# Steady precession of a gyroscope

• I
Hi
I am trying to understand the concept of why a gyroscope that is not spinning drops down but when it is spinning then it precesses. I have looked in "University Physics" by Young + Freedman and Kleppner , Morin and Gregory but i am not getting anywhere. Does anyone know of a relatively simple explanation in some online notes or videos or maybe a textbook with a clear explanation
Thanks

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Hi
This question arises due to my confusion from trying to use Kleppner to understand gyroscopes. If i have a gyroscope or even simpler a light rod with a mass at one end which is pivoted at the other end. If the rod is held horizontally and then released then obviously it swings downwards and applying torques about the pivot shows this. But if i use vertical forces then i end up with the overall vertical force being N-W where N is the normal force upwards applied by the pivot and W is the weight of the mass. If N=W then there is no overall vertical force and the centre of mass situated at the mass at the end of the rod should not move. Why does using torques show that the mass will swing downwards but using forces show that the mass can remain horizontal ?
Thanks

nrqed
Homework Helper
Gold Member
Hi
This question arises due to my confusion from trying to use Kleppner to understand gyroscopes. If i have a gyroscope or even simpler a light rod with a mass at one end which is pivoted at the other end. If the rod is held horizontally and then released then obviously it swings downwards and applying torques about the pivot shows this. But if i use vertical forces then i end up with the overall vertical force being N-W where N is the normal force upwards applied by the pivot and W is the weight of the mass. If N=W then there is no overall vertical force and the centre of mass situated at the mass at the end of the rod should not move. Why does using torques show that the mass will swing downwards but using forces show that the mass can remain horizontal ?
Thanks
The fact that the net force on an object (which is not point like) is zero is a necessary condition to have equilibrium but it is not sufficient. Put a light rod on a table and apply 10 N perpendicular to the rod at one extremity and 10N perpendicular to the rod at the other extremity but in the opposite direction to the first force. The rod will move, despite the sum of the forces being zero.

(By the way, how do you know that N=W ? Do you assume it or do you prove it?)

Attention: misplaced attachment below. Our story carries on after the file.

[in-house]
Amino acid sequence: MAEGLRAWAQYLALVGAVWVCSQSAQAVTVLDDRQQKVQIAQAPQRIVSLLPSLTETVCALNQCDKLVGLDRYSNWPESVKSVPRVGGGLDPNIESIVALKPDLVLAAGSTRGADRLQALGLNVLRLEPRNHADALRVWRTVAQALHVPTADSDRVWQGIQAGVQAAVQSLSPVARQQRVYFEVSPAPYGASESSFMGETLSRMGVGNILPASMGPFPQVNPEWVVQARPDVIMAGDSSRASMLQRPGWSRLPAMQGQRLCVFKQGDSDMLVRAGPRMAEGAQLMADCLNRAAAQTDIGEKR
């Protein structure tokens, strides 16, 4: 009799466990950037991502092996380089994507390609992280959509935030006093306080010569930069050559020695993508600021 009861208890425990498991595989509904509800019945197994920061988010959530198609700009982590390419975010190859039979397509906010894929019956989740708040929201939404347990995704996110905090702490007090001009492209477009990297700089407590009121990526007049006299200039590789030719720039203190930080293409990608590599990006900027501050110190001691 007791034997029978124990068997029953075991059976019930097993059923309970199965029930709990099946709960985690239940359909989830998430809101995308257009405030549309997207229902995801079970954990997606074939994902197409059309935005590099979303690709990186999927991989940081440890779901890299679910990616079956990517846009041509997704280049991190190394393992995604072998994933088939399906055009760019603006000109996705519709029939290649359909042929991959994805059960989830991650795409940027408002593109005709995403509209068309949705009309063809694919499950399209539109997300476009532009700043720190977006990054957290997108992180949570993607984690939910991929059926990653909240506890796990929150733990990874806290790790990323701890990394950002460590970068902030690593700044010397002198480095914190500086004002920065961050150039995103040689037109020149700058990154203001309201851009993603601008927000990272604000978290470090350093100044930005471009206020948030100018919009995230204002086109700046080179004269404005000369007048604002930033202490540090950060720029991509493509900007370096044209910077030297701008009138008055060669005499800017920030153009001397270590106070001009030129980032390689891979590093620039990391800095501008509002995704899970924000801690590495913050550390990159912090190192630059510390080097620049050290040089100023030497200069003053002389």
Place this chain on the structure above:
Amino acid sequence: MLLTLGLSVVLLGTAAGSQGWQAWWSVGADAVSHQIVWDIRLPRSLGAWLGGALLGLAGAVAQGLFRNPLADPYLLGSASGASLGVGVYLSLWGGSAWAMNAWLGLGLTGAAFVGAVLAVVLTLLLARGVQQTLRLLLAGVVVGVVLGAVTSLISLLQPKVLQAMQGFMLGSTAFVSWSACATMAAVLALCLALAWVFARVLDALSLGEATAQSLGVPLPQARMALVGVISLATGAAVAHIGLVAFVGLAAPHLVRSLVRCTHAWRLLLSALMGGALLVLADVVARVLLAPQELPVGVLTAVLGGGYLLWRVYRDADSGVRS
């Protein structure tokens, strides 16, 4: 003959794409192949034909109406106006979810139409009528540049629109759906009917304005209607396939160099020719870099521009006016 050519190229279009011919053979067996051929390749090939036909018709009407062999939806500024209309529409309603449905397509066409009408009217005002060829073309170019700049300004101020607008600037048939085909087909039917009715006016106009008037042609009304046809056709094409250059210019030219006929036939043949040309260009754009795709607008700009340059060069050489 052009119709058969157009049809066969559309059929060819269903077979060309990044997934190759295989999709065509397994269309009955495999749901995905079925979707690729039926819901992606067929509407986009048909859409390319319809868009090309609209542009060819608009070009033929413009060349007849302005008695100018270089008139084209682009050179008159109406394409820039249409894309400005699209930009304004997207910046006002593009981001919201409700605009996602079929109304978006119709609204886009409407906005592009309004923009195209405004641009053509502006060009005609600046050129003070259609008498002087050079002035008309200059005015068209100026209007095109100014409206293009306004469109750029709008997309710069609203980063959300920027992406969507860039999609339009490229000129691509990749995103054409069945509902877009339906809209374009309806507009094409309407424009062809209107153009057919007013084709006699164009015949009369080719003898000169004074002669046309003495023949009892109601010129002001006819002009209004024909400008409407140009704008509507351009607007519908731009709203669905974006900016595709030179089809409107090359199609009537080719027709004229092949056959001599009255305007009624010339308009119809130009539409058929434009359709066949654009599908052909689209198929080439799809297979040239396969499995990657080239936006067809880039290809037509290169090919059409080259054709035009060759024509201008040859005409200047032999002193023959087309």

phyzguy
I always come back to my old favorite, "The Feynman lectures on Physics". This link, to Volume 1, Chapter 20, is what you are looking for. Section 20-3 discusses the gyroscope in some detail. I suspect your question is something like (quoting from section 20-3), "It is very strange that when one suddenly lets go of a gyroscope, it does not fall under the action of gravity, but moves sidewise instead! Why is it that the downward force of the gravity, which we know and feel, makes it go sidewise?" I'll let you read Feynman's answer.

Spinnor, vanhees71 and hutchphd
In the example above would the rod not just rotate about its centre of mass which would remain stationary ?

I looked in Feynman and that explanation did not work for me

hutchphd
It is not trivial. Maybe Walter Lewin?

etotheipi
Dr_Nate
Have you seen the demonstration of precession of a bicycle wheel from a string? I think this is the easiest way to understand:
• The wheel is spinning and hung on the string. Let's just consider two infinitesimal points on the rim of the wheel at the top and the bottom at some instant. I guess this model is actually an idealized dumbbell.
• Gravity will cause a torque on the wheel, which normally rotates it downward. It does that by giving the top and bottom points linear momentum in opposite directions perpendicular to the plane of the wheel.
• But in this case the wheel is spinning.
• Let's say you blink and the wheel is rotating fast enough that it has rotated 90 degrees (you'll have to do some thinking to generalize this to all situations).
• Which way will the momentum cause the wheel to turn?

nrqed
Homework Helper
Gold Member